How about running back? Is Armando Allen the No. 1 guy there?


CM: Possession is nine-tenths of the law, and he's been in that spot. He's been a tried and true performer for Notre Dame, so he's doing a very good job. But so is Robert Hughes, and Jonas Gray and Cierre Wood. Any of those guys could potentially be our starting running back and I wouldn't lose any sleep over it. I think have good depth and a highly competitive group.

Just for you personally, what's it like to be the offensive coordinator now at Notre Dame?

CM: I really feel like I've got the best assistant's job in the country.

Weis set an easy standard to clear

November, 30, 2009
11/30/09
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What's most amazing about how spectacular Charlie Weis failed in 2009 is how much the season was set up for him to succeed.

The Notre Dame schedule wasn't the cream-puff lineup as some people described it, but by Irish standards it was very manageable. Only three teams on the entire slate -- Pitt, USC, and Stanford -- are ranked in the Top 25, and none of them are among the nation's top 14. Stanford wouldn't be ranked if Notre Dame had won Saturday's game, while USC came to South Bend with its most vulnerable team in several years.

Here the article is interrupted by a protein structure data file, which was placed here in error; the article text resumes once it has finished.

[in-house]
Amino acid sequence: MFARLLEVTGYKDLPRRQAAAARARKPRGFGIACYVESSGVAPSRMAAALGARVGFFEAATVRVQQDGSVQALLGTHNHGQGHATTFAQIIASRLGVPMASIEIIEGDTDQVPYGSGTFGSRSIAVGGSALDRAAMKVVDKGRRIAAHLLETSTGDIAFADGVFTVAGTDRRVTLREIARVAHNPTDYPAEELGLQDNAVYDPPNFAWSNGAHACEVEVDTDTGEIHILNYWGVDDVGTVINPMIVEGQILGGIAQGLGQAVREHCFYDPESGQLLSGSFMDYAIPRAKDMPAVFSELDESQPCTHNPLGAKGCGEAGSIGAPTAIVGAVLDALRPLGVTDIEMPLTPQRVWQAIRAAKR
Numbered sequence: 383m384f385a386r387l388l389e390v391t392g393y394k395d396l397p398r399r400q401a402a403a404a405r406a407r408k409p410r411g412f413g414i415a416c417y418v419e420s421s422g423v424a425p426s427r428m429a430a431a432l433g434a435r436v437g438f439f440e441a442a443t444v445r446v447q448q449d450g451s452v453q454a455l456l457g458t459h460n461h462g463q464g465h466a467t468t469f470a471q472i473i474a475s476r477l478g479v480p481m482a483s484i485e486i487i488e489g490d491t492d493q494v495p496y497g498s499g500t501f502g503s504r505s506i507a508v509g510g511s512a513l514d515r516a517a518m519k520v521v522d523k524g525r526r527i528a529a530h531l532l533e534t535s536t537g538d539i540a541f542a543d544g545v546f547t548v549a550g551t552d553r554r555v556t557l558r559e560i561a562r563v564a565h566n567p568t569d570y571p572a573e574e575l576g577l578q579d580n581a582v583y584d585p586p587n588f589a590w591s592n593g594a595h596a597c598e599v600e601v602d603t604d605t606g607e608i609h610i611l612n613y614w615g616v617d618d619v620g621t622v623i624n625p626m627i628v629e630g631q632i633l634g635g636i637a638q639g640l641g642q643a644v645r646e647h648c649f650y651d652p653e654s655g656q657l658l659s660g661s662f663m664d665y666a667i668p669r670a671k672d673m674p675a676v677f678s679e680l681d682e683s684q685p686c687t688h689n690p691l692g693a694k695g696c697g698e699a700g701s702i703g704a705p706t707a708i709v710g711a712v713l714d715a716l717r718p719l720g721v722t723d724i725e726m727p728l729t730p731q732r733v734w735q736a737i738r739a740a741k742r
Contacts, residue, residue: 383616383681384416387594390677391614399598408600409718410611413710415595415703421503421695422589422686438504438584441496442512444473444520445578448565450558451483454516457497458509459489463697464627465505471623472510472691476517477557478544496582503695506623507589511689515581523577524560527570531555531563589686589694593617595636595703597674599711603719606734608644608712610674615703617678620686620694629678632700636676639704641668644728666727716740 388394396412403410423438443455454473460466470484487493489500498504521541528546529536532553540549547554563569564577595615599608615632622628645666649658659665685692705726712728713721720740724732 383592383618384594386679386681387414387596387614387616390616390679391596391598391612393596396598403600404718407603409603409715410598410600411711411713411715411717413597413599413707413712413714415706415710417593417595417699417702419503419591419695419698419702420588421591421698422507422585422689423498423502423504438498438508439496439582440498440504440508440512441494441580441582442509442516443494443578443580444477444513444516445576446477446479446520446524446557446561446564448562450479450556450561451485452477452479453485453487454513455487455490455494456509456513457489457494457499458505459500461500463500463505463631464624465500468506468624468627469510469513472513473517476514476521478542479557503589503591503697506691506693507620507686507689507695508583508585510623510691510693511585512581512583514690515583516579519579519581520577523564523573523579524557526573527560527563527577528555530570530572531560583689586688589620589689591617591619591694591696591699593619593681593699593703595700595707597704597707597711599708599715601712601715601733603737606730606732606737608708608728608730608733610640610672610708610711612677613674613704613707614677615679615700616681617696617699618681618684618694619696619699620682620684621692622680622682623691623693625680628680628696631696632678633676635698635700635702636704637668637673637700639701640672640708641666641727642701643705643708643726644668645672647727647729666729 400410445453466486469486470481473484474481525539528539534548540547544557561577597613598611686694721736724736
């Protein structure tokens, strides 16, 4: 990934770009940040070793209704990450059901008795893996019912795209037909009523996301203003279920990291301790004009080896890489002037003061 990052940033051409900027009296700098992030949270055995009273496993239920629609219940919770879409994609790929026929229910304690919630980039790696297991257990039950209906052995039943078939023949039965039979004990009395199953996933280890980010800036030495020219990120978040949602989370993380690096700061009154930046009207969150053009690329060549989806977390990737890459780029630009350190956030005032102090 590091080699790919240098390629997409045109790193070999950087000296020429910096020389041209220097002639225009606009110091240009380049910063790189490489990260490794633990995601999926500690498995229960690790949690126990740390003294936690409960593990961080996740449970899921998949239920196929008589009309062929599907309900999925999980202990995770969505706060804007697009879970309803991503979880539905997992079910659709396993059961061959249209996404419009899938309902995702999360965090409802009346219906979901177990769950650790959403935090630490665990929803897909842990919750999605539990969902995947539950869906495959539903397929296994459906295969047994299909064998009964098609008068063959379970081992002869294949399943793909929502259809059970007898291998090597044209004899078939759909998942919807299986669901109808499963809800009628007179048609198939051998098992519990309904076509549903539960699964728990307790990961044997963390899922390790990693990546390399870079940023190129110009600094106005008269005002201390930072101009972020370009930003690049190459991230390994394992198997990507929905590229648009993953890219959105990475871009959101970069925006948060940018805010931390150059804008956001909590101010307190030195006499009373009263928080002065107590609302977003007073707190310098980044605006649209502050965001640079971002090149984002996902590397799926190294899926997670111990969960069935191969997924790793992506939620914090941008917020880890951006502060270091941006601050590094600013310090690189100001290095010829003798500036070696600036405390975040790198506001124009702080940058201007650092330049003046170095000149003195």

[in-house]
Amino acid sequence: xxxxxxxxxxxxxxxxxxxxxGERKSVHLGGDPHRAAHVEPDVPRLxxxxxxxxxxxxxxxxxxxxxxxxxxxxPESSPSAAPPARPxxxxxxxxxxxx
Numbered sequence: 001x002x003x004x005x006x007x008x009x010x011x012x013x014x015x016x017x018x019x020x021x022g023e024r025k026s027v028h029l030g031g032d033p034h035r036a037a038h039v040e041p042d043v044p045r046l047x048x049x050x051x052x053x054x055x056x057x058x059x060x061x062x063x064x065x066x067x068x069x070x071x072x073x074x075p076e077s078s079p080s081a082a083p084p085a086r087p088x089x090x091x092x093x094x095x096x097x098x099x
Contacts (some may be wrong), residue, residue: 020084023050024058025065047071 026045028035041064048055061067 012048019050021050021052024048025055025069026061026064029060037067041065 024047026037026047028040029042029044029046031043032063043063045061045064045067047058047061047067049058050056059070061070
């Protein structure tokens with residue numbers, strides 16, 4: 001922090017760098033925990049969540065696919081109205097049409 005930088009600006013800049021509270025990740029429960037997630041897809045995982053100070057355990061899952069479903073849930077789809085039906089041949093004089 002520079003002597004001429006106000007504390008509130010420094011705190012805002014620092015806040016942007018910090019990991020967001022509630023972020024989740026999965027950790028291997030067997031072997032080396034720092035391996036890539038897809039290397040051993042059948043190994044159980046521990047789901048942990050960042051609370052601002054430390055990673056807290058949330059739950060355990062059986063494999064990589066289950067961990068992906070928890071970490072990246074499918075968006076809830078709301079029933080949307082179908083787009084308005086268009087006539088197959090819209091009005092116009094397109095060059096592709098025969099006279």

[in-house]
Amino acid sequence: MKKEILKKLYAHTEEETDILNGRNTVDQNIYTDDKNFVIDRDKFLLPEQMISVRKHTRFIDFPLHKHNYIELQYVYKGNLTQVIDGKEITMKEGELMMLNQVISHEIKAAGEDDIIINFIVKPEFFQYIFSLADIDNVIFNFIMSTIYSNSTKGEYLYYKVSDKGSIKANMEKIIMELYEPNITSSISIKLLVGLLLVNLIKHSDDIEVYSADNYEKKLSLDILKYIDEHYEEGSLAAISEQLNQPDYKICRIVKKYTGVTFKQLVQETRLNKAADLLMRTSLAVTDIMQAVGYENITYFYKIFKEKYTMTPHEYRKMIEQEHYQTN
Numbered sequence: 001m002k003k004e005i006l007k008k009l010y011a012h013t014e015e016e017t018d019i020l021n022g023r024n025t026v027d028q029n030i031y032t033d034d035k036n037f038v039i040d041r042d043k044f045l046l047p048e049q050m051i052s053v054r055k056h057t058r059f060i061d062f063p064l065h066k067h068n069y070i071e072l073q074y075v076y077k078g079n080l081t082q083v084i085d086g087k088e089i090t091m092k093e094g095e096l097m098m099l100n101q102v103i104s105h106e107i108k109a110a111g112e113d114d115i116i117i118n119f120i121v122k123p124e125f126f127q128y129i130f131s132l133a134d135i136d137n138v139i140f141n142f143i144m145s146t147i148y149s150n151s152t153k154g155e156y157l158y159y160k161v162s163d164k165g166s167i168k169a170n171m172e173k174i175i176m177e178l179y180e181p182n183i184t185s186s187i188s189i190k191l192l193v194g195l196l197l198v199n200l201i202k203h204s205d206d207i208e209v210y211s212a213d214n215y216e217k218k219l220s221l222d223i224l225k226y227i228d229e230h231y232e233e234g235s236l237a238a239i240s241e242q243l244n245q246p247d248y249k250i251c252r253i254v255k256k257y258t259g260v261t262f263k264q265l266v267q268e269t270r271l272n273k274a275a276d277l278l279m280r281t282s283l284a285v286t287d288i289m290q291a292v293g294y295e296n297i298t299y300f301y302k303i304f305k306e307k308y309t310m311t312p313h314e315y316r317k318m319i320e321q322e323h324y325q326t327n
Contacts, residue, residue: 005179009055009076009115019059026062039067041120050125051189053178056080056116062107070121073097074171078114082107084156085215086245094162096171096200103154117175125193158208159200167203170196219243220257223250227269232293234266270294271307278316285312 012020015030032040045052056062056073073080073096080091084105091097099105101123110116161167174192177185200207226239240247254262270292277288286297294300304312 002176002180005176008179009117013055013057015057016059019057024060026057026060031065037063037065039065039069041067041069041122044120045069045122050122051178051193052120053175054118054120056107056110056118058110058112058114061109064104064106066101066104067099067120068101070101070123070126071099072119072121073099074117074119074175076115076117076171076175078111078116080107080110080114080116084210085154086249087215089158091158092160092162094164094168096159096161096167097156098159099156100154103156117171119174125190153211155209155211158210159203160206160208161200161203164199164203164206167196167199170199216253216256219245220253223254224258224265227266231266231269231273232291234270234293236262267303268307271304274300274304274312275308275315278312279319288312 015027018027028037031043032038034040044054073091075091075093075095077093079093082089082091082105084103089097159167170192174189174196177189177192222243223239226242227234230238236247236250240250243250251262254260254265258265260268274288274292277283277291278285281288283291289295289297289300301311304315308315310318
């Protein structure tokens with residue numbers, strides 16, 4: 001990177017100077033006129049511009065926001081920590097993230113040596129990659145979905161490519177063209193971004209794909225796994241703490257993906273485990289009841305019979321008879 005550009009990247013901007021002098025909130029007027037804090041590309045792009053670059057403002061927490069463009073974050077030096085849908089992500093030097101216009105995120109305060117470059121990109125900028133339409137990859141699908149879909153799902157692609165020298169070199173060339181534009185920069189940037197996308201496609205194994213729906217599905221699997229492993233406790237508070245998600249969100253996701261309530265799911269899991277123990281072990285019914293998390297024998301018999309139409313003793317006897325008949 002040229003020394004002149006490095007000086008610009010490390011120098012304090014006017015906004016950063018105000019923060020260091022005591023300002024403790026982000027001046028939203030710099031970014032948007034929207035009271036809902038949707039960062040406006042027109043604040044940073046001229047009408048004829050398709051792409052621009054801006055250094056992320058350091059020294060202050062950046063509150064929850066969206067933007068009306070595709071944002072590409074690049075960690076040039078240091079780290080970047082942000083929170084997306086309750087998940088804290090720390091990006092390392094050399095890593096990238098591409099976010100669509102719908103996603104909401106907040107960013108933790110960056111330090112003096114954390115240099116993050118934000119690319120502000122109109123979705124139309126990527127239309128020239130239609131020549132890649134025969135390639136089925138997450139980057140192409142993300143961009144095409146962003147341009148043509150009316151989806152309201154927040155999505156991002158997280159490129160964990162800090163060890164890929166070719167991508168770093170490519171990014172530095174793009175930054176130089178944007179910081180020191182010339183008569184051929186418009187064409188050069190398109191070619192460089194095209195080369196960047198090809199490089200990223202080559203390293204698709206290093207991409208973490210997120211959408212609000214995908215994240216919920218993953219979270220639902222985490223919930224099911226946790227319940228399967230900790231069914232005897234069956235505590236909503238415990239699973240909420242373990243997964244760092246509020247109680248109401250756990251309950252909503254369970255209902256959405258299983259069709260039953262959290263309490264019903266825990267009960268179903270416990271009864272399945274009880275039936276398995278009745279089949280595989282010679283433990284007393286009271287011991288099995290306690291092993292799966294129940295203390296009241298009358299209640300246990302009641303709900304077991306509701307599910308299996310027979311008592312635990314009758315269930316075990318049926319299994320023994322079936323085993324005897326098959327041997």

All Weis really had to do to keep his job was to beat Navy and Connecticut at home and a Michigan team that finished 5-7. That would have made the Irish 9-3 and given the coach a strong argument to return for a sixth year. Yet he couldn't do that or avoid a disastrous four-game losing streak to end the season despite having one of the best quarterbacks in school history (Jimmy Clausen) and the finest receiving season ever by a Domer (Golden Tate).

Notre Dame's best wins this season were against 8-4 Boston College, 6-6 Michigan State and 4-7 Washington. Not exactly the kind of victories you include in a great moments in history section of the media guide.

Because of all that, as athletic director Jack Swarbrick said Monday night, "you couldn't know with significant certainty that next year's results would be better."

Here's what I think is certain: if Swarbrick hires the right caliber of coach, he'll produce much better results than Weis.